The Many Perspectives of Finding Your Purpose

The Many Perspectives of Finding Your Purpose

Expect Your Purpose to Evolve Over Time

The purpose that you have in life won’t necessarily be the same thing that someone else experiences. The journey that you’re on could take you in a completely different direction, even if you start at the same place as another person.

For example, you might decide early in life that you want to be a dancer. Your high school friend decides the same thing. Then decades later, she’s a dancer while you run a business.

That’s because what you go through in life and how you react to your own unique experiences will often shape your purpose. Many people get confused about the timeline of purpose.

They mistakenly believes they have to stay on a single, steady path throughout life. Sometimes, purpose will go on the same for years before time passes, interests and obligations change, and you feel like your path needs to be altered.

For example, when a person is young, it might be that they wanted to be an athlete. Maybe they felt like their purpose in life was to become a basketball champion. So they followed athletics from high school into college.

Maybe they even had an athletic scholarship. Time kept marching on, however and that person then reached the age where they just got too old for that purpose – or found another interest.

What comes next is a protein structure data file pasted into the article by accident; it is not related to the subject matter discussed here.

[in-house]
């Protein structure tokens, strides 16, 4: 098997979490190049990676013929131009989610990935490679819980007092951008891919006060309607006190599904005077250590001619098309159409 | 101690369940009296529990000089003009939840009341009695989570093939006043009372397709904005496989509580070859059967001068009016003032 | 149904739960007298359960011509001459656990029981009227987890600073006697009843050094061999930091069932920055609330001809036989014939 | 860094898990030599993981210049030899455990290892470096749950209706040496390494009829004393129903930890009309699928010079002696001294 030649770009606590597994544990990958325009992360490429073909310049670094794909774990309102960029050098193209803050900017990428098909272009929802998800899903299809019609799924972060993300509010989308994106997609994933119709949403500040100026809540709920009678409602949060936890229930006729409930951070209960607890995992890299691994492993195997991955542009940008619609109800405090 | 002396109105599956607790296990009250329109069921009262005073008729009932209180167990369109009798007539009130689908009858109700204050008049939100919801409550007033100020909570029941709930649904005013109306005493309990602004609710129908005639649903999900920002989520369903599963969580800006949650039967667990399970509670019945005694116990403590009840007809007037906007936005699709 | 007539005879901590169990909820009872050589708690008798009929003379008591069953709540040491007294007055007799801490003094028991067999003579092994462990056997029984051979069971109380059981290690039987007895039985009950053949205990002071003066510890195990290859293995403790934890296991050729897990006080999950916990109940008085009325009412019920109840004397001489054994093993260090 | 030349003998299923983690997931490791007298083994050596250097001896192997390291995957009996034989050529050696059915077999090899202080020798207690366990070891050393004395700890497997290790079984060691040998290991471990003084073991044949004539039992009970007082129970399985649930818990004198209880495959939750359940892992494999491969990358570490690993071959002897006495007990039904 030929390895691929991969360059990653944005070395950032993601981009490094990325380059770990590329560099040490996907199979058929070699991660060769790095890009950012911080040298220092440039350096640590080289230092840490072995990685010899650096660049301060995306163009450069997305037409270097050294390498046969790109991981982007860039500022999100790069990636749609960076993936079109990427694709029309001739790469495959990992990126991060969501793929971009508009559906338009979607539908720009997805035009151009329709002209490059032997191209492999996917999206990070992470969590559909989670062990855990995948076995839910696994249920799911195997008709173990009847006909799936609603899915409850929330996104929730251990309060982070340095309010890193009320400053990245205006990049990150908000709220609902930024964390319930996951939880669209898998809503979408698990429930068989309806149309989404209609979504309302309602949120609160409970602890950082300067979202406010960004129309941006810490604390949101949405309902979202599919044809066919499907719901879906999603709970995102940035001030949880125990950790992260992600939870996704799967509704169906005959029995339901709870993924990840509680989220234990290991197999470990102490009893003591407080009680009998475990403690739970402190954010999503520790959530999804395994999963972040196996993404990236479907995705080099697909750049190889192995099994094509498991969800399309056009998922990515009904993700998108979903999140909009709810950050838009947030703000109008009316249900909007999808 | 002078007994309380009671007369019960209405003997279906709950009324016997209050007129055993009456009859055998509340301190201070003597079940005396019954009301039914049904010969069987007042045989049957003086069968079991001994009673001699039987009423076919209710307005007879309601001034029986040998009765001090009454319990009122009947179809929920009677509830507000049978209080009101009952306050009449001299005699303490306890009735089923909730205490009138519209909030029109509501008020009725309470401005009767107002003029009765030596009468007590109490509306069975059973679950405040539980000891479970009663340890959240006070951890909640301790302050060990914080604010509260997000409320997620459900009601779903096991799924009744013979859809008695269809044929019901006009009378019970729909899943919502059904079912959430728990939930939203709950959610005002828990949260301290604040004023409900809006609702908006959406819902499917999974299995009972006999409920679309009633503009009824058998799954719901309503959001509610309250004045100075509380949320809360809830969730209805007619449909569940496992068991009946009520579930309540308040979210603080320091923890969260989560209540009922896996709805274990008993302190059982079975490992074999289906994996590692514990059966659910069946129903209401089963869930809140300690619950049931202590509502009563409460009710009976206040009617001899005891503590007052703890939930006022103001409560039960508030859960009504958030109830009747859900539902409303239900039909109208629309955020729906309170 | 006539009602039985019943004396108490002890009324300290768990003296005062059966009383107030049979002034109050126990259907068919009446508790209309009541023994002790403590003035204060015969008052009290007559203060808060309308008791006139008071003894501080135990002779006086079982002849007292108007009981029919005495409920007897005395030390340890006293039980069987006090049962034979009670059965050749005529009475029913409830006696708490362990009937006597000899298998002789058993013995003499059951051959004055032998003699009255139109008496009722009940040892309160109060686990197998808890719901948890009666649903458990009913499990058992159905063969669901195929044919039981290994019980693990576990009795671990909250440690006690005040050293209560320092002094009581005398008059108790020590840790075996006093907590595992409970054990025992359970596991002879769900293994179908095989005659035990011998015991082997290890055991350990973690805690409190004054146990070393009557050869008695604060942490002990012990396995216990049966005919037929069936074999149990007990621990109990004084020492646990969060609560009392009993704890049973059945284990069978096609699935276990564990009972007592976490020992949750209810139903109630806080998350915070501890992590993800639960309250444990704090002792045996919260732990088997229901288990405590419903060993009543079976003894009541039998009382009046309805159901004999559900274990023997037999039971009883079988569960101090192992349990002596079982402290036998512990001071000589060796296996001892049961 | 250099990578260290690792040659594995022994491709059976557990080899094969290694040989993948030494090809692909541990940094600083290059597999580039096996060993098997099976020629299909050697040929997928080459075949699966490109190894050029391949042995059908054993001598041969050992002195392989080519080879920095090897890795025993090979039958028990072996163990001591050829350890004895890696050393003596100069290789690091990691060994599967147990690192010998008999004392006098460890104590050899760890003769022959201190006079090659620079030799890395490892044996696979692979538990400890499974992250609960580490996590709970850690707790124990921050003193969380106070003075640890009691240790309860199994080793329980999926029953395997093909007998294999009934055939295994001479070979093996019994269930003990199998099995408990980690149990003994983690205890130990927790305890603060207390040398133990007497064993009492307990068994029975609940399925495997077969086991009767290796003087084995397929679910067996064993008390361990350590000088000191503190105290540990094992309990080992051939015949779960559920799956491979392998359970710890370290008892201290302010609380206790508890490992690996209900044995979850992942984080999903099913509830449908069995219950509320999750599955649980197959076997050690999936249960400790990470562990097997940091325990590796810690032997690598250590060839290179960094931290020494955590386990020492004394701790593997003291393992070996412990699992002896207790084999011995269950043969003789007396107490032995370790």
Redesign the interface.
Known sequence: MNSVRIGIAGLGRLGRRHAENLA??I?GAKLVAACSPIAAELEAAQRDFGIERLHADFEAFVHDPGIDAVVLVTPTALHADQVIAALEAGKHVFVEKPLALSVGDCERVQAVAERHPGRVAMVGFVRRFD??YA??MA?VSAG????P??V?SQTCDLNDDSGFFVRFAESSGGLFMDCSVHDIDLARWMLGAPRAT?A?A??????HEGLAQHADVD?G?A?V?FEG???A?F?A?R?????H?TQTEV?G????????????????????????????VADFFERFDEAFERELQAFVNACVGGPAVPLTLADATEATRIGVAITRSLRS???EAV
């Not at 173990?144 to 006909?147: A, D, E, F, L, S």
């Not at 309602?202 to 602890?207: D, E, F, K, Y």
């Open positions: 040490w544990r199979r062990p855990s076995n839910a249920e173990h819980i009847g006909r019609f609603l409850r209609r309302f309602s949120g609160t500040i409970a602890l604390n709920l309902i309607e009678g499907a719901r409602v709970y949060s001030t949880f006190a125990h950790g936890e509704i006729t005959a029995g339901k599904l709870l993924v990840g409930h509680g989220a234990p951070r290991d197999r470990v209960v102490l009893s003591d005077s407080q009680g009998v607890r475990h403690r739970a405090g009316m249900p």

You’ll often see this when you see people in their thirties retiring from a sport. Either their body could no longer handle the sport, they got tired of it, or their life’s purpose is now taking them in a different direction.

Sometimes, people go through a time in life where relationship changes alter their purpose. For example, it could be that the person gets married. Or they become a parent.

That can quickly change your life purpose. What seems like a tried and true purpose for a single person will often not be the same as a married person, because you have someone else to consider and you’re meshing two lives into one.

Maybe you’ve worked at a business or a career and you’ve established yourself as an authority figure. Others look to you for your expertise. This can also feel like your purpose – to provide guidance.

As time continues, you start to realize that you need to move into coaching and helping others with their personal development. This too can feel like a purpose. Your life will go through various phases.

What might be your purpose right now may not be the same six months from now. You might have a new purpose – a unique one that time is waiting to unveil. Your purpose will continue to fluctuate and each time it does, you can encounter more opportunities and end up with life changes that are rewarding.

Finding your purpose is a task that should be flexible, yet something you’re committed to at the same time. You don’t want to keep changing course so that you never achieve any of your intended goals.

But once you find a path you’re fairly sure will fulfill you, take time to spread your wings and see what potential it has. For example, if you loved animals as a child, you may have had a desire to work at the zoo, which could mean cleaning cages.

As you grew up, you might have dug deeper and decided to be an animal trainer or a veterinarian. Then you wanted more – and chose to pursue a zoo animal surgeon. Maybe you decide to open your own animal rescue or write books about caring for pets. Recognize the opportunities, give each one consideration, and take it to a level that will satiate that inner desire you have to do more, be more and give more to the world. Never settle for less than what you want.